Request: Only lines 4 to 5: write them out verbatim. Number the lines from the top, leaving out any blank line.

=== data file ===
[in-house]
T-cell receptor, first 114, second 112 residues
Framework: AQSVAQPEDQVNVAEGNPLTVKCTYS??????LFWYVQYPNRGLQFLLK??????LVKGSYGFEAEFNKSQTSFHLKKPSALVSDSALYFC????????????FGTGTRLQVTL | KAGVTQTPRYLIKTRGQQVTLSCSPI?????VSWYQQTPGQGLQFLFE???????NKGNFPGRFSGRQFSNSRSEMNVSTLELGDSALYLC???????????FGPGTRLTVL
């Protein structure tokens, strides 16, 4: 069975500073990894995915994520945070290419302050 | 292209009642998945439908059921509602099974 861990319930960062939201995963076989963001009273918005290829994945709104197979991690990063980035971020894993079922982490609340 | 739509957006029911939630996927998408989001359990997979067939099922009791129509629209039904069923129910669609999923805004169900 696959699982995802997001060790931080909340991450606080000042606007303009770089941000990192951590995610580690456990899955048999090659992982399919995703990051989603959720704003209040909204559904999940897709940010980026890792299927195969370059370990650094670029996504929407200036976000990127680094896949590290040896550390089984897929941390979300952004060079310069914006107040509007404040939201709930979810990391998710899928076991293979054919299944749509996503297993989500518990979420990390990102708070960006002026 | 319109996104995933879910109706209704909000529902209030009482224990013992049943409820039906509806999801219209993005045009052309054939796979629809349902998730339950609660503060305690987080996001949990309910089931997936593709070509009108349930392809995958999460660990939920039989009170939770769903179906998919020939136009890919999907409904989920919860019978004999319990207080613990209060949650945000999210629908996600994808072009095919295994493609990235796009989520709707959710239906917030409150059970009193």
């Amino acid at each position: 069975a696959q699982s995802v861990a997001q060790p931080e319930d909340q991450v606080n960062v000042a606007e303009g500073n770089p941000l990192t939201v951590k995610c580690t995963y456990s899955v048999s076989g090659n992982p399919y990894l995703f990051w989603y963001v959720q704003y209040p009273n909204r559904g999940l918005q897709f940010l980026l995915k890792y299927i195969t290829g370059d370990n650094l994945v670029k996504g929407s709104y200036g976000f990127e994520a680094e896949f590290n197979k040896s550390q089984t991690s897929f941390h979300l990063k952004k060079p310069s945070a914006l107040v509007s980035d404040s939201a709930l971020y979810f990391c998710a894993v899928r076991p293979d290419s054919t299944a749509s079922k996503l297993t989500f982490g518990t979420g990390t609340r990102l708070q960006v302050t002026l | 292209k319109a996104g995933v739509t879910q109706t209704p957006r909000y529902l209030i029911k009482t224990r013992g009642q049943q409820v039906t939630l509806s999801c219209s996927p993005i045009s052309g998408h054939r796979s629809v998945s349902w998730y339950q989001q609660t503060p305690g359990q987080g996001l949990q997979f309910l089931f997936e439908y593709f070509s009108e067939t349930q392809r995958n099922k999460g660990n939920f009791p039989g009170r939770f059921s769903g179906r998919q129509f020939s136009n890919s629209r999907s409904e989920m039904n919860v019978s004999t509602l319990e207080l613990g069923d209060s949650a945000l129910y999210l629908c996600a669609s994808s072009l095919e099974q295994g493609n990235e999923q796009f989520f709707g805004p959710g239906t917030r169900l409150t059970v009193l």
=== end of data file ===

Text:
């Protein structure tokens, strides 16, 4: 069975500073990894995915994520945070290419302050 | 292209009642998945439908059921509602099974 861990319930960062939201995963076989963001009273918005290829994945709104197979991690990063980035971020894993079922982490609340 | 739509957006029911939630996927998408989001359990997979067939099922009791129509629209039904069923129910669609999923805004169900 696959699982995802997001060790931080909340991450606080000042606007303009770089941000990192951590995610580690456990899955048999090659992982399919995703990051989603959720704003209040909204559904999940897709940010980026890792299927195969370059370990650094670029996504929407200036976000990127680094896949590290040896550390089984897929941390979300952004060079310069914006107040509007404040939201709930979810990391998710899928076991293979054919299944749509996503297993989500518990979420990390990102708070960006002026 | 319109996104995933879910109706209704909000529902209030009482224990013992049943409820039906509806999801219209993005045009052309054939796979629809349902998730339950609660503060305690987080996001949990309910089931997936593709070509009108349930392809995958999460660990939920039989009170939770769903179906998919020939136009890919999907409904989920919860019978004999319990207080613990209060949650945000999210629908996600994808072009095919295994493609990235796009989520709707959710239906917030409150059970009193």
């Amino acid at each position: 069975a696959q699982s995802v861990a997001q060790p931080e319930d909340q991450v606080n960062v000042a606007e303009g500073n770089p941000l990192t939201v951590k995610c580690t995963y456990s899955v048999s076989g090659n992982p399919y990894l995703f990051w989603y963001v959720q704003y209040p009273n909204r559904g999940l918005q897709f940010l980026l995915k890792y299927i195969t290829g370059d370990n650094l994945v670029k996504g929407s709104y200036g976000f990127e994520a680094e896949f590290n197979k040896s550390q089984t991690s897929f941390h979300l990063k952004k060079p310069s945070a914006l107040v509007s980035d404040s939201a709930l971020y979810f990391c998710a894993v899928r076991p293979d290419s054919t299944a749509s079922k996503l297993t989500f982490g518990t979420g990390t609340r990102l708070q960006v302050t002026l | 292209k319109a996104g995933v739509t879910q109706t209704p957006r909000y529902l209030i029911k009482t224990r013992g009642q049943q409820v039906t939630l509806s999801c219209s996927p993005i045009s052309g998408h054939r796979s629809v998945s349902w998730y339950q989001q609660t503060p305690g359990q987080g996001l949990q997979f309910l089931f997936e439908y593709f070509s009108e067939t349930q392809r995958n099922k999460g660990n939920f009791p039989g009170r939770f059921s769903g179906r998919q129509f020939s136009n890919s629209r999907s409904e989920m039904n919860v019978s004999t509602l319990e207080l613990g069923d209060s949650a945000l129910y999210l629908c996600a669609s994808s072009l095919e099974q295994g493609n990235e999923q796009f989520f709707g805004p959710g239906t917030r169900l409150t059970v009193l």